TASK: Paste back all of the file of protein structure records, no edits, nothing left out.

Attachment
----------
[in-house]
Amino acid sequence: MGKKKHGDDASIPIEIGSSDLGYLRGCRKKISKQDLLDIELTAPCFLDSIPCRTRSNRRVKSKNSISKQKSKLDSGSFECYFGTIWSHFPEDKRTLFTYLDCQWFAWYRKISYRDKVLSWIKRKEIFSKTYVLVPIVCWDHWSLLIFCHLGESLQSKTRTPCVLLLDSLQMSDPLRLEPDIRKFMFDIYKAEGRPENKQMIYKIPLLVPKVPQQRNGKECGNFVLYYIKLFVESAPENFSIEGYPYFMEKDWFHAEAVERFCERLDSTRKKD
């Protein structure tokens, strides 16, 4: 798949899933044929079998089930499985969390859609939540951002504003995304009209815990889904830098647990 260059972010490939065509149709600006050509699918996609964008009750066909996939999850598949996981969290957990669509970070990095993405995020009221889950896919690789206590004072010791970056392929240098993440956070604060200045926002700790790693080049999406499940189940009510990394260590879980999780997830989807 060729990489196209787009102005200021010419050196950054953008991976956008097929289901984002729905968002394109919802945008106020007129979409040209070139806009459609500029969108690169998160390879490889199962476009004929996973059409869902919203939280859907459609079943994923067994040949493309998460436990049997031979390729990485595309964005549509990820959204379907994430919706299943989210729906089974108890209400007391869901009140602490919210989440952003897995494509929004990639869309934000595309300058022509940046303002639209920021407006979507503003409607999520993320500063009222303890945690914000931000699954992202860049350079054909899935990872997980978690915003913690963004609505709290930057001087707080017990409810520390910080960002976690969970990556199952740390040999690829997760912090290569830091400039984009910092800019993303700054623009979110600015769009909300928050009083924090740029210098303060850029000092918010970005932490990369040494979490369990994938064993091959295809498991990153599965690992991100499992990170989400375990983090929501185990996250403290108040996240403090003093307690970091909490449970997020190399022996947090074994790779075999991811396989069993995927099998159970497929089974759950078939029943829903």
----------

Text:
[in-house]
Amino acid sequence: MGKKKHGDDASIPIEIGSSDLGYLRGCRKKISKQDLLDIELTAPCFLDSIPCRTRSNRRVKSKNSISKQKSKLDSGSFECYFGTIWSHFPEDKRTLFTYLDCQWFAWYRKISYRDKVLSWIKRKEIFSKTYVLVPIVCWDHWSLLIFCHLGESLQSKTRTPCVLLLDSLQMSDPLRLEPDIRKFMFDIYKAEGRPENKQMIYKIPLLVPKVPQQRNGKECGNFVLYYIKLFVESAPENFSIEGYPYFMEKDWFHAEAVERFCERLDSTRKKD
């Protein structure tokens, strides 16, 4: 798949899933044929079998089930499985969390859609939540951002504003995304009209815990889904830098647990 260059972010490939065509149709600006050509699918996609964008009750066909996939999850598949996981969290957990669509970070990095993405995020009221889950896919690789206590004072010791970056392929240098993440956070604060200045926002700790790693080049999406499940189940009510990394260590879980999780997830989807 060729990489196209787009102005200021010419050196950054953008991976956008097929289901984002729905968002394109919802945008106020007129979409040209070139806009459609500029969108690169998160390879490889199962476009004929996973059409869902919203939280859907459609079943994923067994040949493309998460436990049997031979390729990485595309964005549509990820959204379907994430919706299943989210729906089974108890209400007391869901009140602490919210989440952003897995494509929004990639869309934000595309300058022509940046303002639209920021407006979507503003409607999520993320500063009222303890945690914000931000699954992202860049350079054909899935990872997980978690915003913690963004609505709290930057001087707080017990409810520390910080960002976690969970990556199952740390040999690829997760912090290569830091400039984009910092800019993303700054623009979110600015769009909300928050009083924090740029210098303060850029000092918010970005932490990369040494979490369990994938064993091959295809498991990153599965690992991100499992990170989400375990983090929501185990996250403290108040996240403090003093307690970091909490449970997020190399022996947090074994790779075999991811396989069993995927099998159970497929089974759950078939029943829903």